This article will discuss what disordered eating is, why plant-based eating and disordered eating sometimes co-exist, and what you can do to support healing from disordered eating.
What is Disordered Eating?
Disordered eating involves a wide range of inappropriate eating patterns. These behaviors are often linked to concerns about body weight and image. Disordered eating often feels distressing, yet can be difficult to stop. Disordered eating may progress to an eating disorder. An eating disorder is a mental illness which can cause significant psychological and physical harm.
Disordered eating behaviors can include:
- Binge eating
- Food and calorie restriction
- Self-induced vomiting
- Excluding major food groups
- Laxative, diuretic, and enema misuse
- An obsession with “healthy” eating
- Rigid food rules
Do Plant-Based Diets Lead to Disordered Eating?
Switching to a plant-based diet may be a warning sign for the onset of disordered eating. Among adolescents and young adults, vegetarians are more likely to exhibit disordered eating behaviors compared to meat eaters.
A plant-based diet can be a way to restrict food without raising concern among family and friends. Some may believe that following a plant-based diet can help with weight loss and fitting in. Becoming vegetarian or vegan is sometimes used as a way to resist pubescent weight gain in order to remain at a low body weight.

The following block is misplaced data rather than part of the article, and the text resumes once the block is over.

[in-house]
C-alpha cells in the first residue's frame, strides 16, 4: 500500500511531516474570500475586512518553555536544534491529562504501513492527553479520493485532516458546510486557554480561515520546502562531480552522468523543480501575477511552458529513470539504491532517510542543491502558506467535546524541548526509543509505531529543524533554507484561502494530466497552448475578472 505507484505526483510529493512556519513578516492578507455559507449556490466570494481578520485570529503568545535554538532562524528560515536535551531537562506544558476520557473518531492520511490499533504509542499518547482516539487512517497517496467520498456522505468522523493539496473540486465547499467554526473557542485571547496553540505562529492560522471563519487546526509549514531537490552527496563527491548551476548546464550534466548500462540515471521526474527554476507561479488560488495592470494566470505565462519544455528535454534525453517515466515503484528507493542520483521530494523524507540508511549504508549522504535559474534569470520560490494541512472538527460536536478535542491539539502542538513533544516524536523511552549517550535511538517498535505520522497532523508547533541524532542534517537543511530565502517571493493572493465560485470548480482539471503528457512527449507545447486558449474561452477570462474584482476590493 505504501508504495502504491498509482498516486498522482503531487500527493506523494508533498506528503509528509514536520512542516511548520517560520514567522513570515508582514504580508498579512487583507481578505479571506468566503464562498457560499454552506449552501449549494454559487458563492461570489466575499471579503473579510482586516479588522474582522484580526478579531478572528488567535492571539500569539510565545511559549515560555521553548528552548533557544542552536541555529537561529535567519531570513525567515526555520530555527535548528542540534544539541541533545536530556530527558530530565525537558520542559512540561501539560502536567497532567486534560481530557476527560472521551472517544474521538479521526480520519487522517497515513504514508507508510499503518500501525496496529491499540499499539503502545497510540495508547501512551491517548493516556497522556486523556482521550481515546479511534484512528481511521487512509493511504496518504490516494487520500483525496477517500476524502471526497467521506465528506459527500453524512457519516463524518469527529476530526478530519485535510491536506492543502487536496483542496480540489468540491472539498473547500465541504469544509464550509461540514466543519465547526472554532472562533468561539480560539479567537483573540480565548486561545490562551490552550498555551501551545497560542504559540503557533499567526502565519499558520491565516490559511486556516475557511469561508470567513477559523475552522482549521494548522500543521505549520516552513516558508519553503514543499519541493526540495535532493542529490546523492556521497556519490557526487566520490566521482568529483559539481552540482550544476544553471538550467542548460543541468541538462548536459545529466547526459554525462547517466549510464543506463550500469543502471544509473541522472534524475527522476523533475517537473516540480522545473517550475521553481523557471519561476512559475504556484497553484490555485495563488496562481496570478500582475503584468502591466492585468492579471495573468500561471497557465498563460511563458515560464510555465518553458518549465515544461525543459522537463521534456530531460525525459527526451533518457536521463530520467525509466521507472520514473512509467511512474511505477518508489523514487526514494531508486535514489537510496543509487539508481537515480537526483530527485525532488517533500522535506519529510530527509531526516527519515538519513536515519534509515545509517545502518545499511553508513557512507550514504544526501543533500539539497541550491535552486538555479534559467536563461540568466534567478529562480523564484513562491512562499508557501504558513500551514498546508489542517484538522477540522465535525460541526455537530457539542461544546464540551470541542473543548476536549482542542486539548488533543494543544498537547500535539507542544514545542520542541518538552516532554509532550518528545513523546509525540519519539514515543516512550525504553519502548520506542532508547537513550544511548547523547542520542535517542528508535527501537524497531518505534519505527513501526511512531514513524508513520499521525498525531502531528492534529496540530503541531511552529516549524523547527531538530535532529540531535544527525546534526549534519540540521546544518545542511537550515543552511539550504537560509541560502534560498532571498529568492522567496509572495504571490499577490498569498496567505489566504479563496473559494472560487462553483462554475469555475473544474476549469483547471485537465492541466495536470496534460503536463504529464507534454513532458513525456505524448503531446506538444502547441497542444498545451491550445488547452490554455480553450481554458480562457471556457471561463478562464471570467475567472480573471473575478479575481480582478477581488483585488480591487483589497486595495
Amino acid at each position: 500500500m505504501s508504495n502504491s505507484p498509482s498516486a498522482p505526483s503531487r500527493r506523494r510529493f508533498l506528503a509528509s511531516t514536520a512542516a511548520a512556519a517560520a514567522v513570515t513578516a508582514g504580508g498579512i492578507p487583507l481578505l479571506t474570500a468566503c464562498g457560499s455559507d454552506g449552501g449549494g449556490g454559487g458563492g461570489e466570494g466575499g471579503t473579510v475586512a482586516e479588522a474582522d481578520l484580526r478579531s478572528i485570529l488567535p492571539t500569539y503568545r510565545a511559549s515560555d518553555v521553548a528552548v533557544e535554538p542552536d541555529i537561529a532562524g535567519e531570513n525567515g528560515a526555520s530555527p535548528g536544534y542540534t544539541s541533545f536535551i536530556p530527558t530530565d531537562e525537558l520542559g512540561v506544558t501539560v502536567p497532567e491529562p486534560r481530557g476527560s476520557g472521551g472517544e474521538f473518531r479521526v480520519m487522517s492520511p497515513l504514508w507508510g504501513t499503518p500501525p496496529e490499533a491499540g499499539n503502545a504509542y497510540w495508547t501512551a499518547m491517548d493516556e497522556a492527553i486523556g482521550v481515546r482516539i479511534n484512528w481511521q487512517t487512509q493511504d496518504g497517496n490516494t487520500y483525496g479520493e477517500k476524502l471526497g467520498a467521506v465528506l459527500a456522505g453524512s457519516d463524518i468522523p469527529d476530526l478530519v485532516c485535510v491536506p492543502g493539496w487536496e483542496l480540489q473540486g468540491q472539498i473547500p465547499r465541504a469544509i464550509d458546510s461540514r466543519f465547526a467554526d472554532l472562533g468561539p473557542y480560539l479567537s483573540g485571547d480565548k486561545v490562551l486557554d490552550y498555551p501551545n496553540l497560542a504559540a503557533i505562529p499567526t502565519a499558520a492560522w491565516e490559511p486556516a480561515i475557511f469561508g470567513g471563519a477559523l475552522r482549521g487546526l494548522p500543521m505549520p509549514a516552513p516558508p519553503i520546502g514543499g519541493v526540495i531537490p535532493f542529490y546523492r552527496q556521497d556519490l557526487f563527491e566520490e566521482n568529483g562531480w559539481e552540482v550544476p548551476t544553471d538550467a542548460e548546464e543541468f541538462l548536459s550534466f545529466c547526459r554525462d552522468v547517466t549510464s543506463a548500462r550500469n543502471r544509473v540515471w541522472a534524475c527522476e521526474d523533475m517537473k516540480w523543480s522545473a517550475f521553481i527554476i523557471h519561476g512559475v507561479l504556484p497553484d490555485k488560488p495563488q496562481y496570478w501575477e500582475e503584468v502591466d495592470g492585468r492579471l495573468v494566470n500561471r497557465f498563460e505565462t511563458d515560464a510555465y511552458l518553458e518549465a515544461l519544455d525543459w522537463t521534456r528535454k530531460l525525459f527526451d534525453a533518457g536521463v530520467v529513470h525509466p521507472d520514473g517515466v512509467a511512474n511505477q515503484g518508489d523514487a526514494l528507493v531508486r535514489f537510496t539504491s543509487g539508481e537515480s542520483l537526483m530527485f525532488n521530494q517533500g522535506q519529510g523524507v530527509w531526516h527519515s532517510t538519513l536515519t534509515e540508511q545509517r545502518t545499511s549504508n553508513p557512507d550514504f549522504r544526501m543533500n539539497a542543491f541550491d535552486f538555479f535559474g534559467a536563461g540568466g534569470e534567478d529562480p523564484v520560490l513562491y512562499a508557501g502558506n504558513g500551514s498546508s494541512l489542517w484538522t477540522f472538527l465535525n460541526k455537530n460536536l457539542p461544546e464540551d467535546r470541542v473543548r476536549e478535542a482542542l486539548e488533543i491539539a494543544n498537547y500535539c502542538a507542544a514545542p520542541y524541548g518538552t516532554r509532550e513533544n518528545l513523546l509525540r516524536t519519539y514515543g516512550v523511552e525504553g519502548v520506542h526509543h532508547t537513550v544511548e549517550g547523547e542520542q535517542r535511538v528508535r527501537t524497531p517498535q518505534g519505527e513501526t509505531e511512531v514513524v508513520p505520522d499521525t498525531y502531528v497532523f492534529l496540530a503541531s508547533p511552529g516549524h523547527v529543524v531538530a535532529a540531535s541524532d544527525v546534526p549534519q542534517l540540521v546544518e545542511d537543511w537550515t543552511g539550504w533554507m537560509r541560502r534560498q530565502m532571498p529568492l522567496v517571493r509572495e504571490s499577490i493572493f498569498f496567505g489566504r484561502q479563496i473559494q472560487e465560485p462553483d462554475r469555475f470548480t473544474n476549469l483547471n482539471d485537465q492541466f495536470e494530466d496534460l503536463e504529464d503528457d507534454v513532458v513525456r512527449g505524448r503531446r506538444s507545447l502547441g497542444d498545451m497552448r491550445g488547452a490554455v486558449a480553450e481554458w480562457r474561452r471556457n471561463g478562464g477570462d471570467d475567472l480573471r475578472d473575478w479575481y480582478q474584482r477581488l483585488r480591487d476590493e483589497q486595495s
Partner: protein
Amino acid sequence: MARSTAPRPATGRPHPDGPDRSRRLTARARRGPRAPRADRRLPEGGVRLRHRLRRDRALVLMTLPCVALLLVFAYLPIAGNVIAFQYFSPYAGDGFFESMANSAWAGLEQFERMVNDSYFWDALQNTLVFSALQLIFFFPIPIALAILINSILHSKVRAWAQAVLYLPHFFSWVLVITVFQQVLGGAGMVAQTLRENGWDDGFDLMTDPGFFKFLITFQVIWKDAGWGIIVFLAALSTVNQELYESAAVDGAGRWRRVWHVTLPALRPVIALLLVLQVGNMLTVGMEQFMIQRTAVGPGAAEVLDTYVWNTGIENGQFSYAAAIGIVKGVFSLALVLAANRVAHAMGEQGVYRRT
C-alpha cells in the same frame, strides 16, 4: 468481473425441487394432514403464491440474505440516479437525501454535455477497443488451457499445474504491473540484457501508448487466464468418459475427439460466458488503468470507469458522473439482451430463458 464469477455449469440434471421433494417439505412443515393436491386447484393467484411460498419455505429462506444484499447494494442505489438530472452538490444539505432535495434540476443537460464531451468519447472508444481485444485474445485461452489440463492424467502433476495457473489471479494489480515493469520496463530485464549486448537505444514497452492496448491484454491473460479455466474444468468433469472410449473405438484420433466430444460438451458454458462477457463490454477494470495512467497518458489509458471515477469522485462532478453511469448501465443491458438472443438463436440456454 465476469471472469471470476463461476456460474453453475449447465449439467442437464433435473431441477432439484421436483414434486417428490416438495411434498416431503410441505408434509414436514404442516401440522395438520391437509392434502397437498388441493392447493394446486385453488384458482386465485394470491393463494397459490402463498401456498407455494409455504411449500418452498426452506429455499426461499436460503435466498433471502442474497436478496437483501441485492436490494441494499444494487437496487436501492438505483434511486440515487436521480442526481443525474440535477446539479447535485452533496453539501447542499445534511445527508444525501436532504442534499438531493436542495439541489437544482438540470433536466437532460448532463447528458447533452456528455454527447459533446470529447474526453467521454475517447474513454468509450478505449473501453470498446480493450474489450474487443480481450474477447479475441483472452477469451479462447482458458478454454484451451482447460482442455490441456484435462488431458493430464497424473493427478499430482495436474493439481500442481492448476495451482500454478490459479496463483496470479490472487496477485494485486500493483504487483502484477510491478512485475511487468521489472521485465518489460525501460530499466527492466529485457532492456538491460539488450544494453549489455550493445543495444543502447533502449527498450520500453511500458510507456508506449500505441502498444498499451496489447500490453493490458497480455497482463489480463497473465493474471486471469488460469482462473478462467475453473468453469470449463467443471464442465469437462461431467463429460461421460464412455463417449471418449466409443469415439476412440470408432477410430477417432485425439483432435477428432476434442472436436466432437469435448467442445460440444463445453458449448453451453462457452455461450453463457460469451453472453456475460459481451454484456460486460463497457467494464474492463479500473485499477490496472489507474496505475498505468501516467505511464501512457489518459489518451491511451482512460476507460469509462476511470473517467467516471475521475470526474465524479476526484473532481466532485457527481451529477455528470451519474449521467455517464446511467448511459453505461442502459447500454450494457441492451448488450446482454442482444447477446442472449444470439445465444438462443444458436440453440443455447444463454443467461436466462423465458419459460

There are many contributors to disordered eating. Societal pressures to be thin, genetic disposition, and psychological factors can all play a role. Plant-based diets may attract people looking to restrict their diet, but it is unlikely to be the sole cause.
Disordered Eating Recovery and Plant-Based Diets
Recovering from disordered eating behaviors is possible. Working with a therapist and/or a dietitian can help address food intake issues, and resolve underlying difficulties. Establishing a healthy relationship with food is the priority during disordered eating recovery and following a plant-based diet may or may not be compatible with the recovery process. This is an important consideration that deserves an honest exploration by those affected.
A plant-based diet can be chosen for many reasons. Occasionally it can also be used to cloak disordered eating patterns. Skipping meals, binge eating, and eating a very limited number of “clean” foods are warning signs of disordered eating.
If you are concerned about your own or someone else’s eating behavior, it’s important to reach out for help. The National Eating Disorder Information Centre in Canada and the National Eating Disorders Association in the US offer support, resources, and treatment options.
As a member of the plant-based community, what do you think you can do to support those affected by disordered eating?
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